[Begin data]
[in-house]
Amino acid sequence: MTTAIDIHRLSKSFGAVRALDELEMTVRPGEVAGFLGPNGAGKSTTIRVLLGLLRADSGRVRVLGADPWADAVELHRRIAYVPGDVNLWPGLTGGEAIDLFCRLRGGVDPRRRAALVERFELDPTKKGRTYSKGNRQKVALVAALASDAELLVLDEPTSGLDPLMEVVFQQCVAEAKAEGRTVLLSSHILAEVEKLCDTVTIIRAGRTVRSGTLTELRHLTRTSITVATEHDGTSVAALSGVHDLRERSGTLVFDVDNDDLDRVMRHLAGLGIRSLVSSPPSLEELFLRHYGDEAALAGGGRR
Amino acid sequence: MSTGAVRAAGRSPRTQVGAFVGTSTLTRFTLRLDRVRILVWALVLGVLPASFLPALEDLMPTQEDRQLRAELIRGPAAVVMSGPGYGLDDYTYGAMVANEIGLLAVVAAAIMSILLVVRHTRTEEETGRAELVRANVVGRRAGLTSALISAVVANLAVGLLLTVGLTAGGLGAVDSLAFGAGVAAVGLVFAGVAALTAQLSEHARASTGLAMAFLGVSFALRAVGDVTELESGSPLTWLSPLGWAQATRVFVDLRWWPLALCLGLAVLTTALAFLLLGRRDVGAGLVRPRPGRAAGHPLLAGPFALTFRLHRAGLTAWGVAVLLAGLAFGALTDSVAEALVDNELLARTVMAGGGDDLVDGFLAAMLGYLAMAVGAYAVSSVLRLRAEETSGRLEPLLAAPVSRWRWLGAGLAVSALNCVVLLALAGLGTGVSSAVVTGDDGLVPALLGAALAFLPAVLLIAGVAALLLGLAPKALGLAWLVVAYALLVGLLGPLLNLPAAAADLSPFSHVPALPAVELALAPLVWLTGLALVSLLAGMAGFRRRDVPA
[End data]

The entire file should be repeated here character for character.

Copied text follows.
[in-house]
Amino acid sequence: MTTAIDIHRLSKSFGAVRALDELEMTVRPGEVAGFLGPNGAGKSTTIRVLLGLLRADSGRVRVLGADPWADAVELHRRIAYVPGDVNLWPGLTGGEAIDLFCRLRGGVDPRRRAALVERFELDPTKKGRTYSKGNRQKVALVAALASDAELLVLDEPTSGLDPLMEVVFQQCVAEAKAEGRTVLLSSHILAEVEKLCDTVTIIRAGRTVRSGTLTELRHLTRTSITVATEHDGTSVAALSGVHDLRERSGTLVFDVDNDDLDRVMRHLAGLGIRSLVSSPPSLEELFLRHYGDEAALAGGGRR
Amino acid sequence: MSTGAVRAAGRSPRTQVGAFVGTSTLTRFTLRLDRVRILVWALVLGVLPASFLPALEDLMPTQEDRQLRAELIRGPAAVVMSGPGYGLDDYTYGAMVANEIGLLAVVAAAIMSILLVVRHTRTEEETGRAELVRANVVGRRAGLTSALISAVVANLAVGLLLTVGLTAGGLGAVDSLAFGAGVAAVGLVFAGVAALTAQLSEHARASTGLAMAFLGVSFALRAVGDVTELESGSPLTWLSPLGWAQATRVFVDLRWWPLALCLGLAVLTTALAFLLLGRRDVGAGLVRPRPGRAAGHPLLAGPFALTFRLHRAGLTAWGVAVLLAGLAFGALTDSVAEALVDNELLARTVMAGGGDDLVDGFLAAMLGYLAMAVGAYAVSSVLRLRAEETSGRLEPLLAAPVSRWRWLGAGLAVSALNCVVLLALAGLGTGVSSAVVTGDDGLVPALLGAALAFLPAVLLIAGVAALLLGLAPKALGLAWLVVAYALLVGLLGPLLNLPAAAADLSPFSHVPALPAVELALAPLVWLTGLALVSLLAGMAGFRRRDVPA